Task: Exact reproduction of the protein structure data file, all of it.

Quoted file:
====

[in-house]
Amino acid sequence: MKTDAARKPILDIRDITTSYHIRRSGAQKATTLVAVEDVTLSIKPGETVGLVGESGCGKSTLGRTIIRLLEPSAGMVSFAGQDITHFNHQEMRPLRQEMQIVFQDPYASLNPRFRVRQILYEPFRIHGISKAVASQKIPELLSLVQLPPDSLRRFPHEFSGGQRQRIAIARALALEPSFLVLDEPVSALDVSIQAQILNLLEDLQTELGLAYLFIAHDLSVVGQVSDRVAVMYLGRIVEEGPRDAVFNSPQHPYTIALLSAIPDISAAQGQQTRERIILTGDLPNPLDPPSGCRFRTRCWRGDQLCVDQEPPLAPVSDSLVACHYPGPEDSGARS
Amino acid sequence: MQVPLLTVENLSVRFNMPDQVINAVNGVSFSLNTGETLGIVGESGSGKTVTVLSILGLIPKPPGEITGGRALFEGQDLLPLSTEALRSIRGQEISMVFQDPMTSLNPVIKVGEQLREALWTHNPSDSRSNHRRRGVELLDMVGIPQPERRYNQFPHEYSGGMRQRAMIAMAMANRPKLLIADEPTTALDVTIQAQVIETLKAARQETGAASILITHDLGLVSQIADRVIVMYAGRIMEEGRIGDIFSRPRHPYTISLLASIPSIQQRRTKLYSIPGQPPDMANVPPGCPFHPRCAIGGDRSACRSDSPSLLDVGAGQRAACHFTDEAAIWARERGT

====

[in-house]
Amino acid sequence: MKTDAARKPILDIRDITTSYHIRRSGAQKATTLVAVEDVTLSIKPGETVGLVGESGCGKSTLGRTIIRLLEPSAGMVSFAGQDITHFNHQEMRPLRQEMQIVFQDPYASLNPRFRVRQILYEPFRIHGISKAVASQKIPELLSLVQLPPDSLRRFPHEFSGGQRQRIAIARALALEPSFLVLDEPVSALDVSIQAQILNLLEDLQTELGLAYLFIAHDLSVVGQVSDRVAVMYLGRIVEEGPRDAVFNSPQHPYTIALLSAIPDISAAQGQQTRERIILTGDLPNPLDPPSGCRFRTRCWRGDQLCVDQEPPLAPVSDSLVACHYPGPEDSGARS
Amino acid sequence: MQVPLLTVENLSVRFNMPDQVINAVNGVSFSLNTGETLGIVGESGSGKTVTVLSILGLIPKPPGEITGGRALFEGQDLLPLSTEALRSIRGQEISMVFQDPMTSLNPVIKVGEQLREALWTHNPSDSRSNHRRRGVELLDMVGIPQPERRYNQFPHEYSGGMRQRAMIAMAMANRPKLLIADEPTTALDVTIQAQVIETLKAARQETGAASILITHDLGLVSQIADRVIVMYAGRIMEEGRIGDIFSRPRHPYTISLLASIPSIQQRRTKLYSIPGQPPDMANVPPGCPFHPRCAIGGDRSACRSDSPSLLDVGAGQRAACHFTDEAAIWARERGT